Shoulder Dystocia - Article

ABSTRACT: Shoulder dystocia can be one of the most frightening emergencies in the delivery room. Although many factors have been associated with shoulder dystocia, most cases occur with no warning. Calm and effective management of this emergency is possible with recognition of the impaction and institution of specified maneuvers, such as the McRoberts maneuver, suprapubic pressure, internal rotation, or removal of the posterior arm, to relieve the impacted shoulder and allow for spontaneous delivery of the infant. The "HELPERR" mnemonic from the Advanced Life Support in Obstetrics course can be a useful tool for addressing this emergency. Although no ideal manipulation or treatment exists, all maneuvers in the HELPERR mnemonic aid physicians in completing one of three actions: enlarging the maternal pelvis through cephalad rotation of the symphysis and flattening of the sacrum; collapsing the fetal shoulder width; or altering the orientation of the longitudinal axis of the fetus to the plane of the obstruction. In rare cases in which these interventions are unsuccessful, additional management options, such as intentional clavicle fracture, symphysiotomy, and the Zavanelli maneuver, are described.


Impaired Glucose Tolerance and Impaired Fasting Glucose - Article

ABSTRACT: Impaired glucose tolerance and impaired fasting glucose form an intermediate stage in the natural history of diabetes mellitus. From 10 to 15 percent of adults in the United States have one of these conditions. Impaired glucose tolerance is defined as two-hour glucose levels of 140 to 199 mg per dL (7.8 to 11.0 mmol) on the 75-g oral glucose tolerance test, and impaired fasting glucose is defined as glucose levels of 100 to 125 mg per dL (5.6 to 6.9 mmol per L) in fasting patients. These glucose levels are above normal but below the level that is diagnostic for diabetes. Patients with impaired glucose tolerance or impaired fasting glucose have a significant risk of developing diabetes and thus are an important target group for primary prevention. Risk factors for diabetes include family history of diabetes, body mass index greater than 25 kg per m2, sedentary lifestyle, hypertension, dyslipidemia, history of gestational diabetes or large-for-gestational-age infant, and polycystic ovary syndrome. Blacks, Latin Americans, Native Americans, and Asian-Pacific Islanders also are at increased risk for diabetes. Patients at higher risk should be screened with a fasting plasma glucose level. When the diagnosis of impaired glucose tolerance or impaired fasting glucose is made, physicians should counsel patients to lose 5 to 7 percent of their body weight and engage in moderate physical activity for at least 150 minutes per week. Drug therapy with metformin or acarbose has been shown to delay or prevent the onset of diabetes. However, medications are not as effective as lifestyle changes, and it is not known if treatment with these drugs is cost effective in the management of impaired glucose tolerance.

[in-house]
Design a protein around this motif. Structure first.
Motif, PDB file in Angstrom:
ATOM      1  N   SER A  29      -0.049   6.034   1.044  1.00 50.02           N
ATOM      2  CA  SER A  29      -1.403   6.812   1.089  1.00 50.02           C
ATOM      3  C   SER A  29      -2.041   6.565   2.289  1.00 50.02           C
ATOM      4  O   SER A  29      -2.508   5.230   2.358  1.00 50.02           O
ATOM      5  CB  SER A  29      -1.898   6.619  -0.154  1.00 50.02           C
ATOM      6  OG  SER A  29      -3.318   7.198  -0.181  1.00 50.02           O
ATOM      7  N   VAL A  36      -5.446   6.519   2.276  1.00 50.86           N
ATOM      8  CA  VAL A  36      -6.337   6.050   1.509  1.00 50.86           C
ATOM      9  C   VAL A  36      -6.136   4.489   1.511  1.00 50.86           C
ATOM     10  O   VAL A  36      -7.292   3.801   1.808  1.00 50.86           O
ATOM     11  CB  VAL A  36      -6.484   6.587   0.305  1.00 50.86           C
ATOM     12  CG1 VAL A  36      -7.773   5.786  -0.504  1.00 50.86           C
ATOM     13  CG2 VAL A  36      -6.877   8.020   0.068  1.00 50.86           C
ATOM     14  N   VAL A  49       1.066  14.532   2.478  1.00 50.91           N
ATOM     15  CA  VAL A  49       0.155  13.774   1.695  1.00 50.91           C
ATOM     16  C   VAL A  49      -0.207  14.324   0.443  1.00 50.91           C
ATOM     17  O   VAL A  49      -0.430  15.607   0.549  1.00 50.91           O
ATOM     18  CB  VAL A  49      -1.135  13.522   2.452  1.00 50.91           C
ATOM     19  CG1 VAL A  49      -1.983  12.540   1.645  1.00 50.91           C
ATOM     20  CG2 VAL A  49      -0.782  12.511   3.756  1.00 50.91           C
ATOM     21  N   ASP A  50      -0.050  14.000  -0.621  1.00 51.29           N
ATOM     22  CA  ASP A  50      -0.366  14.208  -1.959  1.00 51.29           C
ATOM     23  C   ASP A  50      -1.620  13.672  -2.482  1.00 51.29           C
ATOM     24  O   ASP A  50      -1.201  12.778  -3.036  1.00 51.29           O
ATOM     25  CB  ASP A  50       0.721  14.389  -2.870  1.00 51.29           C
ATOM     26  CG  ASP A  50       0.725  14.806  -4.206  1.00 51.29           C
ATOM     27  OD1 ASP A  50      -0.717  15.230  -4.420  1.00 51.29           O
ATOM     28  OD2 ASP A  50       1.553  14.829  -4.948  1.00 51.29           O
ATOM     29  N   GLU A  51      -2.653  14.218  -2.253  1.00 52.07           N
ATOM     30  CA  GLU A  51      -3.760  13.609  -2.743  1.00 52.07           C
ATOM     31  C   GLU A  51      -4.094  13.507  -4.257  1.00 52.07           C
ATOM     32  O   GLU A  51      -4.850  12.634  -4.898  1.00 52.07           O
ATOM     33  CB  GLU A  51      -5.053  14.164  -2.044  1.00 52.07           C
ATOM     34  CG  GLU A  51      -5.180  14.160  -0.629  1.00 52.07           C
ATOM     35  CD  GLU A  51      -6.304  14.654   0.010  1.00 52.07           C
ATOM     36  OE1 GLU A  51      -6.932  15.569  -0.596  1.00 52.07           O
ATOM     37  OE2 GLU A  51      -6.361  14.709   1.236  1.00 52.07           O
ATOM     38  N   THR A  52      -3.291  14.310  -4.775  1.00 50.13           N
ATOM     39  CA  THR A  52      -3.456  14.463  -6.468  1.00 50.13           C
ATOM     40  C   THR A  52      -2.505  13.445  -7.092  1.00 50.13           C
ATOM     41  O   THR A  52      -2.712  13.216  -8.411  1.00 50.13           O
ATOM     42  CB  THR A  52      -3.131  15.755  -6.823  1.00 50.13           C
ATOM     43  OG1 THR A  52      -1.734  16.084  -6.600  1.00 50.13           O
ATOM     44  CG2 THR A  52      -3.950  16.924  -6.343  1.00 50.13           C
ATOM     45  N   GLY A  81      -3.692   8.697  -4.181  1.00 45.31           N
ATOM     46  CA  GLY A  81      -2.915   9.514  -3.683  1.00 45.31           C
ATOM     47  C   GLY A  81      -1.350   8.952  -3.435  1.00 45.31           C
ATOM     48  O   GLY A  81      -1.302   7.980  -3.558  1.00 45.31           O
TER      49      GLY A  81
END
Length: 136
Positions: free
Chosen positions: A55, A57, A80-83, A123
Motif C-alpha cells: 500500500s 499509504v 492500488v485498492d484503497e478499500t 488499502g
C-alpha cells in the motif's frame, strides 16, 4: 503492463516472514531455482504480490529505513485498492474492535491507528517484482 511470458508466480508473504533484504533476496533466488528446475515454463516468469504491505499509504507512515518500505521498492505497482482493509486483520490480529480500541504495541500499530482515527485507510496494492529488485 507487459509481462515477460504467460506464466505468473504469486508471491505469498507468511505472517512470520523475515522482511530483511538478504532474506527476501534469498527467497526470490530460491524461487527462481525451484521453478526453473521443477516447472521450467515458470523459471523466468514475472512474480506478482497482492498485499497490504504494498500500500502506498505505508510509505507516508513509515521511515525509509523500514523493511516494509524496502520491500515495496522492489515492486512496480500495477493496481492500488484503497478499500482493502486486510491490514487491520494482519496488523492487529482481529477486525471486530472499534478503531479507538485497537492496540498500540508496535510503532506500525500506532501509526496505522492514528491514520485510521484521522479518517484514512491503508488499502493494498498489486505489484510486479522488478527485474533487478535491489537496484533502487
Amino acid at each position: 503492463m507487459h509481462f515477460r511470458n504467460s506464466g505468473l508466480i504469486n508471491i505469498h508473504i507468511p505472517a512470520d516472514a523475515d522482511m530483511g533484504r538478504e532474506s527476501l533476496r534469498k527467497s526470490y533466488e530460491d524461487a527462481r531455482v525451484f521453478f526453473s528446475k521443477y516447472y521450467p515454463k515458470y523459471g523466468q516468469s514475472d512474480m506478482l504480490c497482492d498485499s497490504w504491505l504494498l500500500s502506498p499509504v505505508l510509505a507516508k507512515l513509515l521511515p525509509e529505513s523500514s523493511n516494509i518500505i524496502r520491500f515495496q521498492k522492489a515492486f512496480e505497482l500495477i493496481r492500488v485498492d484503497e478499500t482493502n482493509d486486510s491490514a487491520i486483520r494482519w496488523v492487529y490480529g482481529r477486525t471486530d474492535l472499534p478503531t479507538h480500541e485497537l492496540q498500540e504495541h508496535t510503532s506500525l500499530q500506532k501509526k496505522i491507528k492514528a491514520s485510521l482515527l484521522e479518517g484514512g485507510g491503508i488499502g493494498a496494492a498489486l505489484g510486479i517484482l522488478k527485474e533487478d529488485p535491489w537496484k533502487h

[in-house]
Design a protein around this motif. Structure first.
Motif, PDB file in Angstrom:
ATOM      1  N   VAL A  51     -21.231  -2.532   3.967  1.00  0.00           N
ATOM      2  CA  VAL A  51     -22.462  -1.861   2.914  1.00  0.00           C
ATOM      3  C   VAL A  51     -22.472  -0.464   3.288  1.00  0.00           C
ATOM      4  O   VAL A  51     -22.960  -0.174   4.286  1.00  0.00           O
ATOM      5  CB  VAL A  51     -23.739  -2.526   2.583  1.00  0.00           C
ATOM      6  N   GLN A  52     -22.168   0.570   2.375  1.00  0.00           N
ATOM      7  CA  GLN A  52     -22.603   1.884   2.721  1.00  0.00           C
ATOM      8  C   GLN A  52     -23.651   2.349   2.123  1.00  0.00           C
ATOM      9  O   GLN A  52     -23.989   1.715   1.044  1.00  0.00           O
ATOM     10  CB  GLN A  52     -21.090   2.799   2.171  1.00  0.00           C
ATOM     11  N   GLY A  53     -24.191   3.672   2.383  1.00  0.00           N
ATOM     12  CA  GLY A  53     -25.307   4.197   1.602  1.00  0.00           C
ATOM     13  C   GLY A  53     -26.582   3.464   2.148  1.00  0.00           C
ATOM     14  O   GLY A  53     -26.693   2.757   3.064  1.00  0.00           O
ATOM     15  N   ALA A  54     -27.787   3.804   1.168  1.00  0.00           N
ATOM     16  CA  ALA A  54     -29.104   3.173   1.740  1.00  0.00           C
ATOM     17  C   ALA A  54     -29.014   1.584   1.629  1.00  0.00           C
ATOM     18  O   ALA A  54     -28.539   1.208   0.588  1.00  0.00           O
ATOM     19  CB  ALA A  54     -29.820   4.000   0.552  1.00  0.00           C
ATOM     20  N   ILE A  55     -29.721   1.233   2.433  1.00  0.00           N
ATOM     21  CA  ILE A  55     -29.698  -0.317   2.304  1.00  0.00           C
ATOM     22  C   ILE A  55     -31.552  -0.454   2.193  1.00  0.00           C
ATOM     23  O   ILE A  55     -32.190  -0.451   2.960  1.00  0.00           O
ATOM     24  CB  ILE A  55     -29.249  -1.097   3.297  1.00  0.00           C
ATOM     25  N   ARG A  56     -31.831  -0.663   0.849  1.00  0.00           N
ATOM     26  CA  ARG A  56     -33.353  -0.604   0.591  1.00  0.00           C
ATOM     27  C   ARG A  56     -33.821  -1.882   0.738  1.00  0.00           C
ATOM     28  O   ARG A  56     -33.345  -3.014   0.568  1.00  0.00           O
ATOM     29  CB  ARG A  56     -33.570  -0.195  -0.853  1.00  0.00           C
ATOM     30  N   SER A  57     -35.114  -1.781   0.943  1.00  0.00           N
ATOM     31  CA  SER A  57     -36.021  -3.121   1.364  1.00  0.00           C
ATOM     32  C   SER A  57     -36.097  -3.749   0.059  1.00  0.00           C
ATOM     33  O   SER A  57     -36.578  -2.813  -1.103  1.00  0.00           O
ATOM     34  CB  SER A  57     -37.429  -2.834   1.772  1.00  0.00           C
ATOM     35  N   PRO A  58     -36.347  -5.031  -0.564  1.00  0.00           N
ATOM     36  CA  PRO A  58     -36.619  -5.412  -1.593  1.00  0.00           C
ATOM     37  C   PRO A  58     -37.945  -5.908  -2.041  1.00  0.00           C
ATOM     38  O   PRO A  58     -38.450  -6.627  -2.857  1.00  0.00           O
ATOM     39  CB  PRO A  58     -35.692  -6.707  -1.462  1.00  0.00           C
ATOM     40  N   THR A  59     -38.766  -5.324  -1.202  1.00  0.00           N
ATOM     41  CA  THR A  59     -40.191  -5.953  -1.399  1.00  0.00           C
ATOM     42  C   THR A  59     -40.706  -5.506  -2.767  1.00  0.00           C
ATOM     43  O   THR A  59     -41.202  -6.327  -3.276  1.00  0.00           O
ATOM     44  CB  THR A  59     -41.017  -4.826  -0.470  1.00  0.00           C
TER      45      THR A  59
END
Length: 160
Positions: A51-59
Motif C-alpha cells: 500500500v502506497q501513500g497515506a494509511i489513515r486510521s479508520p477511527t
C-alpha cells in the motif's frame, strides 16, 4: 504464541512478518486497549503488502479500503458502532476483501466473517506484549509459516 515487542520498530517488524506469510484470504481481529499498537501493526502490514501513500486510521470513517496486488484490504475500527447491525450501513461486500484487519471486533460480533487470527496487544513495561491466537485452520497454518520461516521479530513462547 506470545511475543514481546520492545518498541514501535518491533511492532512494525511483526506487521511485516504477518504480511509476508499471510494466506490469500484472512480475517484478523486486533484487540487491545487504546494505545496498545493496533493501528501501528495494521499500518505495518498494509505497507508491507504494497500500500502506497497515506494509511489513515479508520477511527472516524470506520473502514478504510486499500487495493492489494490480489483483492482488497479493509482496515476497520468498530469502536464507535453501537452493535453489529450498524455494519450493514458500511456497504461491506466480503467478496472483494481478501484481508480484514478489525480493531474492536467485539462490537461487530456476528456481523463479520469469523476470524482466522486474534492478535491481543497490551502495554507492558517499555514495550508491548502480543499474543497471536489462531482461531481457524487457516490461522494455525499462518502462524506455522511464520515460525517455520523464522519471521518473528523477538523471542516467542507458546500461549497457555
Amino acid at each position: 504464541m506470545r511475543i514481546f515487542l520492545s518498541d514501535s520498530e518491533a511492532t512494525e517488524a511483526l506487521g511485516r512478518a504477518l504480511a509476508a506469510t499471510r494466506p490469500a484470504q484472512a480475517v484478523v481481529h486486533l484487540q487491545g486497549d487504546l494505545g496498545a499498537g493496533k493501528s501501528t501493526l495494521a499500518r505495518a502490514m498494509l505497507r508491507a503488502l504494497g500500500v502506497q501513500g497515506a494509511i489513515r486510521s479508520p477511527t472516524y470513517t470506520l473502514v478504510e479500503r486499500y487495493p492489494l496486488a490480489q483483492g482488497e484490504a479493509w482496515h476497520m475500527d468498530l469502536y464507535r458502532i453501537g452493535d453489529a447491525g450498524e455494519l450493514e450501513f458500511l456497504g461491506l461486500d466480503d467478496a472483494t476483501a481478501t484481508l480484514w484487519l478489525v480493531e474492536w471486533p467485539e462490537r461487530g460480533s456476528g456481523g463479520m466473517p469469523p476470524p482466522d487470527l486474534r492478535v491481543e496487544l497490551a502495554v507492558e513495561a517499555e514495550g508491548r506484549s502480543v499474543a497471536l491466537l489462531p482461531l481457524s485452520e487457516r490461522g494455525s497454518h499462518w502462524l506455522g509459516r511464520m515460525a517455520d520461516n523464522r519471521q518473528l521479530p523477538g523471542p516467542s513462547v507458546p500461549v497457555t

Diethylstilbestrol Exposure - Article

ABSTRACT: Diethylstilbestrol is a synthetic nonsteroidal estrogen that was used to prevent miscarriage and other pregnancy complications between 1938 and 1971 in the United States. In 1971, the U.S. Food and Drug Administration issued a warning about the use of diethylstilbestrol during pregnancy after a relationship between exposure to this synthetic estrogen and the development of clear cell adenocarcinoma of the vagina and cervix was found in young women whose mothers had taken diethylstilbestrol while they were pregnant. Although diethylstilbestrol has not been given to pregnant women in the United States for more than 30 years, its effects continue to be seen. Women who took diethylstilbestrol during pregnancy have a slightly higher risk of breast cancer than the general population and therefore should be encouraged to have regular mammography. Women who were exposed to diethylstilbestrol in utero may have structural reproductive tract anomalies, an increased infertility rate, and poor pregnancy outcomes. However, the majority of these women have been able to deliver successfully. Recommendations for gynecologic examinations include vaginal and cervical digital palpation, which may provide the only evidence of clear cell adenocarcinoma. Initial colposcopic examination should be considered; if the findings are abnormal, colposcopy should be repeated annually. If the initial colposcopic examination is normal, annual cervical and vaginal cytology is recommended. Because of the higher risk of spontaneous abortion, ectopic pregnancy, and preterm delivery, obstetric consultation may be required for pregnant women who had in utero diethylstilbestrol exposure. The male offspring of women who took diethylstilbestrol during pregnancy have an increased incidence of genital abnormalities and a possibly increased risk of prostate and testicular cancer. Routine prostate cancer screening and testicular self-examination should be encouraged.